So you’ve just uprooted yourself and settled in on the other side of the globe. You’re starting to get used to the culture, and starting to pick up the language. But soon you miss working and, more to the point, making money.
Sure, you could get a job in a beret factory or start sketching tourists next to landmarks, but why not get a job with the local branch of a famous American corporation that may or may not be noted for oil-drenched chicken in cardboard paint buckets? You know the food, you grew up with the food – hell, you might even have worked for the corporation before at one of the other restaurants they own.
It’ll be a great primer job – get you used to the language, used to working in this foreign culture. But you don’t want to work there forever, do you? A month sounds about right, no? Well, you’re in luck! French employers give people a one-month probationary period before they’re actually hired. It’s paid and everything, but after that month is up they’ll either hire or fire you.
So, your goal is to get fired at the end of your one-month probationary period. Here’s how to make that happen (these may seem counter-intuitive, but from personal experience, they work):
- Pay Close Attention And Learn Things The First Go Round:
You’re not an expert in the language yet – far from it. So be sure to pay very close attention when they’re teaching you something and learn it right the first time. This will make it seem like you think you’re smarter than them and will annoy them to no end.
- Take Pride In Your Work:
Remember, France is a socialist state. There is no place for pride in the workplace and it will surely make you seem out-of-place.
- Work Hard, Build Some Muscle And Callouses:
Even if the only thing they’ve given you is janitorial work, go at it like someone spiked your coffee with amphetamines. Break a sweat mopping the floor. Get blisters from scrubbing things. Bulk up your upper body muscles by unloading twice as much as everyone else when the deliveries come. This will make them want to fire you because when they agreed to try you out, you looked a lot better. Now you reek of sweat after a five-hour shift, your hands have rough spots on them, and your arms are all lumpy. Who wants a worker that looks like that?
- Get Suggestions From Your Managers:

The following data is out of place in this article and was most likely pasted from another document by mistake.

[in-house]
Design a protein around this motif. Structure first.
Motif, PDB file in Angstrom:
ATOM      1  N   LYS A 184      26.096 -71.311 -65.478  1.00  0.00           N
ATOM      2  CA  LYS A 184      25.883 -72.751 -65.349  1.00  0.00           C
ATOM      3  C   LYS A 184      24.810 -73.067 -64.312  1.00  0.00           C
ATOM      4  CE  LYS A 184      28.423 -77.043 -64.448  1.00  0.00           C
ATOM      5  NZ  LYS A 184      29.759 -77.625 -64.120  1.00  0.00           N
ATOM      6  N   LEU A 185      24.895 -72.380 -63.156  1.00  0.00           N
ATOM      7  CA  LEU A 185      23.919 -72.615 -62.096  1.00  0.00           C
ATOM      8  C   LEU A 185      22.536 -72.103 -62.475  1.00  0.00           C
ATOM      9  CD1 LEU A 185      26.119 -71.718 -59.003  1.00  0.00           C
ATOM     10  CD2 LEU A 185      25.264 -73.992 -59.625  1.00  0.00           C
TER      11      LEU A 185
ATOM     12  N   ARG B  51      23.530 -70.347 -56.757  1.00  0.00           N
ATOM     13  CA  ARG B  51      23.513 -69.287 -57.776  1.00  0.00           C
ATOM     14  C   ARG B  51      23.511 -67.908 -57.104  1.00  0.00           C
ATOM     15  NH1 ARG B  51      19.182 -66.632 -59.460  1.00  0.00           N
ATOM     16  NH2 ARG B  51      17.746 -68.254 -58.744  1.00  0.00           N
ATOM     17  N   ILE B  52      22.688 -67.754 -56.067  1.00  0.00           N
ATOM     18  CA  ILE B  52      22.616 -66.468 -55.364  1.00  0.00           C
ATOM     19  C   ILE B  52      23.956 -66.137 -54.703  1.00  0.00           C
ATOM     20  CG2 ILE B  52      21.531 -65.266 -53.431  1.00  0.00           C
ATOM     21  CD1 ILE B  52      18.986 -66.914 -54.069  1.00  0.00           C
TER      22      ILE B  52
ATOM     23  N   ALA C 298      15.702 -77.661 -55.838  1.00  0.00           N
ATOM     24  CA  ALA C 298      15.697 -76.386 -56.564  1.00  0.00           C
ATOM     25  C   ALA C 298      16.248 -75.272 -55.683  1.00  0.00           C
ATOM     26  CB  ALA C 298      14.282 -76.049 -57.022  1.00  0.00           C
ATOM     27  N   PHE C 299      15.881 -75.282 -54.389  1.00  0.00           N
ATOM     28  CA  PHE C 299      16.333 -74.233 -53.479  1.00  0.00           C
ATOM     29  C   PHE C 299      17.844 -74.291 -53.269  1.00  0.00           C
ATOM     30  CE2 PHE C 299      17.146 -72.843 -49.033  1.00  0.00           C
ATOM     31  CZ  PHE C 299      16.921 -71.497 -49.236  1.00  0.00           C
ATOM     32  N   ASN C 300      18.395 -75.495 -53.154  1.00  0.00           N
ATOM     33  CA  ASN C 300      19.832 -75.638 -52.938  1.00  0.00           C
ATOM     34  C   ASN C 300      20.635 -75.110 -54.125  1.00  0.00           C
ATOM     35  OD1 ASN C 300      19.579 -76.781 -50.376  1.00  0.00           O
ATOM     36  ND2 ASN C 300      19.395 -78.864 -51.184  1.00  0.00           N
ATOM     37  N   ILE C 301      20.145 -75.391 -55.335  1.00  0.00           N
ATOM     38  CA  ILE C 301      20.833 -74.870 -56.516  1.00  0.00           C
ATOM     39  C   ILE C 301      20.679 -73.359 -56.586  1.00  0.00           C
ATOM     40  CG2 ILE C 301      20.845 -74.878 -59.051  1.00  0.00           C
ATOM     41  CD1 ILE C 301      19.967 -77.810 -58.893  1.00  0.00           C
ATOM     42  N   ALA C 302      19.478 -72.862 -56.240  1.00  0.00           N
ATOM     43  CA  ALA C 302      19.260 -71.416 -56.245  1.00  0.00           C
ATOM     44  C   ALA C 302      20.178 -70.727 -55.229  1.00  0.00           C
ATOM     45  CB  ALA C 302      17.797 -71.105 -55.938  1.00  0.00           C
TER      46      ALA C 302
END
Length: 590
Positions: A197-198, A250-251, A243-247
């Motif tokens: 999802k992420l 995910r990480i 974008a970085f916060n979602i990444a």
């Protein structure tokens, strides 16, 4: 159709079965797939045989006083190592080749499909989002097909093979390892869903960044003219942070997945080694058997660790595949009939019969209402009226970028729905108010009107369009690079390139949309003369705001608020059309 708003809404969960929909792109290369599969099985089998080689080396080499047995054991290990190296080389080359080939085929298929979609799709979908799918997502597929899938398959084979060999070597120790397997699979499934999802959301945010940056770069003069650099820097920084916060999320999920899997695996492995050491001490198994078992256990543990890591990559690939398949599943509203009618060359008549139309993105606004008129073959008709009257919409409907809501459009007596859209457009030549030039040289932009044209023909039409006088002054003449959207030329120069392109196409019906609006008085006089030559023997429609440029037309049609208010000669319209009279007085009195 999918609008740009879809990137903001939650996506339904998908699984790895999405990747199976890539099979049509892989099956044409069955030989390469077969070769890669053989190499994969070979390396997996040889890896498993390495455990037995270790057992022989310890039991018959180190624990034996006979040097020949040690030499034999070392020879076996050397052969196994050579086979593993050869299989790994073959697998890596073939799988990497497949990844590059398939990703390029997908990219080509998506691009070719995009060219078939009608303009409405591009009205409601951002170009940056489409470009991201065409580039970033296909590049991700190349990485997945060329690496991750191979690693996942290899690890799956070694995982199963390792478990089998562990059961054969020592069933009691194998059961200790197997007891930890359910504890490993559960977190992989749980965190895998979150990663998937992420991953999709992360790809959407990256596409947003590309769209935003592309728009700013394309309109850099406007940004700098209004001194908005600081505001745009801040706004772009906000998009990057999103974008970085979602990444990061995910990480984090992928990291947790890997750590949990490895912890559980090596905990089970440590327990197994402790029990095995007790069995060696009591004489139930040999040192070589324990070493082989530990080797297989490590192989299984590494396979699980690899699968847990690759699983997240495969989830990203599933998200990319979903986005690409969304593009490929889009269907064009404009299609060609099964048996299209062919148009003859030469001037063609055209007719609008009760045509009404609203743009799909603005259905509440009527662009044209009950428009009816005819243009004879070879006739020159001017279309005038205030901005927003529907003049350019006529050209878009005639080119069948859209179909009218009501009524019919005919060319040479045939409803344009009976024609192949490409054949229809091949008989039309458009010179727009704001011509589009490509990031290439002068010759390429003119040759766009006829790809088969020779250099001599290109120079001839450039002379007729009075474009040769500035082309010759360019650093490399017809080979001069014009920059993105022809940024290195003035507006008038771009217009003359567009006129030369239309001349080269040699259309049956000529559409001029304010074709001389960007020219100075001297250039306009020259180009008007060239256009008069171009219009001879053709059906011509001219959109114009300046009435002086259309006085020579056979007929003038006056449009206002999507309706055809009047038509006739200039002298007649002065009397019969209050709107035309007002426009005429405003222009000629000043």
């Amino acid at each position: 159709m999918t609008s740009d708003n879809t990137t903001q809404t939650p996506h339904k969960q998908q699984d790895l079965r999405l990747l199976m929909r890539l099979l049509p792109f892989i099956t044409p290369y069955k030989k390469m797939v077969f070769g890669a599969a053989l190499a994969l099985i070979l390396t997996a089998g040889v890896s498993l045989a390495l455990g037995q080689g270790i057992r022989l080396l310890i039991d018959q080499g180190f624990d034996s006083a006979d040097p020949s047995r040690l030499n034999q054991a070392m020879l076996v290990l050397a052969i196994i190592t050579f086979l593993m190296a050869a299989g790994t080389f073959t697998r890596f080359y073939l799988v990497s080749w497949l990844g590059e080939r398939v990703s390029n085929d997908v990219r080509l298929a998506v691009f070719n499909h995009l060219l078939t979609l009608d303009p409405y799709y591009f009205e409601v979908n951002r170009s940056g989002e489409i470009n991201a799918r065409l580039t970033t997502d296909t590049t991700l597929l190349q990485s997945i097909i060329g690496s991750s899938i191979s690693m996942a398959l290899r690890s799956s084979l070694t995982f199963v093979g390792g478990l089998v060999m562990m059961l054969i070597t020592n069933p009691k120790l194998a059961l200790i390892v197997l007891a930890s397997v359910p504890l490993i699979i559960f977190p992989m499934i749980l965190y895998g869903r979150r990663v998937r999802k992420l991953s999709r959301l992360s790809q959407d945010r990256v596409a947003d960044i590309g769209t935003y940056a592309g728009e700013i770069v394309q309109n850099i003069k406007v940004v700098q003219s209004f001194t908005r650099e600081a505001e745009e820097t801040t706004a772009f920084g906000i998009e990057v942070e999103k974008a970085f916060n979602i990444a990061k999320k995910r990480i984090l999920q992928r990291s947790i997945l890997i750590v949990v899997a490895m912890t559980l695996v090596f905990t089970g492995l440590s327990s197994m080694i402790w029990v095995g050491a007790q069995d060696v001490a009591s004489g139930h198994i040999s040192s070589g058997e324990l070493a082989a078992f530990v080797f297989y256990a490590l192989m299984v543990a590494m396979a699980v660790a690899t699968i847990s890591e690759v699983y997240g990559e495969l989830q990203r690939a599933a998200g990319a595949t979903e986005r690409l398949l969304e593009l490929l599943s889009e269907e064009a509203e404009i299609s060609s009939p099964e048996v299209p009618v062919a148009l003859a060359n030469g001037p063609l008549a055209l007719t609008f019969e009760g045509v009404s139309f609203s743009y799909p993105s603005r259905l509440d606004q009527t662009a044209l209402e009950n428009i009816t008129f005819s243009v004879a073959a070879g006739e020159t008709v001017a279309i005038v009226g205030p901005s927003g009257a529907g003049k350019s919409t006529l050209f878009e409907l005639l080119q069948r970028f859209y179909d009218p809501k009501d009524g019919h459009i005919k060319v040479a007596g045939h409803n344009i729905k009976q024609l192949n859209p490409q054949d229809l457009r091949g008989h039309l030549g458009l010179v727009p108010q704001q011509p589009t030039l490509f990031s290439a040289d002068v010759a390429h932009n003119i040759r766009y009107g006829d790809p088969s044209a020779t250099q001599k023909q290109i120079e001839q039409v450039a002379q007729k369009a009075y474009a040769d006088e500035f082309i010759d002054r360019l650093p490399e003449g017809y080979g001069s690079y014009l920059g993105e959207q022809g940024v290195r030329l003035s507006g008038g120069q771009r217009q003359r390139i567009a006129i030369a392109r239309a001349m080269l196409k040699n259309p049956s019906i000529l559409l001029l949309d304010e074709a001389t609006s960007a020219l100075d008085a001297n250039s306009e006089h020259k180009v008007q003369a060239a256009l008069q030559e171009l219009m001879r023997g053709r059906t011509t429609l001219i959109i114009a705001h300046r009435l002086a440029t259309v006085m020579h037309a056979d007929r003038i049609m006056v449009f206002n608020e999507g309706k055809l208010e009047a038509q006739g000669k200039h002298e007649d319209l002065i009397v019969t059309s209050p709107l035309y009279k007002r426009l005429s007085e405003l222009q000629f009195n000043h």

I can’t stress this enough. Nothing screams fire me like annoying questions. So at the end of your first AND second weeks with the company, seek out the managers you worked with and ask them if they have any suggestions about your work. If they tell you “You work like a Frenchman” or “You worked well”, as my managers said to me, then you know you’re on the right track towards getting fired.
- Ask About The Rules And For A Clear Definition Of Your Job:
This ties in with the one above about annoying questions. It may seem prudent to ask a few times for an employee handbook or some sort of rulebook, given that you’re working in a foreign culture where the rules are obviously going to be different. But it’s not. It’s just annoying. And again, if some of the managers have been contradicting other managers about what you’re actually supposed to be doing, asking directly for clarification let’s them know that you think they’re all idiots who couldn’t manage a kindergarten nap time.
- If You Finish Your Work Early, Try To Learn Something New:
This serves a double purpose: one, it lets them know that you hate doing what they told you to do. Two, it lets them know that you are not at all hesitant to displace other workers to achieve your personal goals. Remember, it’s a socialist state. Endangering the livelihood of another worker by learning their job is a direct threat. Go for it!
Congratulations, you’re guaranteed to be fired now! If you’ve followed the above steps, I can guarantee that you will be fired at the end of your one-month probationary period.
Note: While the explanations above are pure and absolute bullshit intended to make you laugh (did it?), this article perfectly describes my first experience working in France. I did all the things listed above, and at the end of my probationary period they fired me, saying it was “too difficult” to employ me. I was floored when they told me they had decided not to hire me permanently. The day before, my supervisor had told me what an awesome job I was doing. Earlier in the day I had received a notice for an employee physical. Then BAM! Fired.
Now, aside from being pretty pissed about the whole thing, I also have the shame and embarrassment of having been fired from a fast food job. Now, I’ve worked some jobs where I knew I deserved to get fired. I’ve been a horrible employee at some companies. But this was not one of them. I worked very hard for them. And I have NEVER been fired from something so basic as janitorial work at a fast food restaurant. At least I have the satisfaction that, looking back, while there are a few things I could have done better over the course of the month, there isn’t all that much.
Well, at least now I’m ‘free’ to look for a new job, armed with some experience of the French workplace. In the meantime I’ll have time for my hands to heal and my back and shoulders to stop hurting.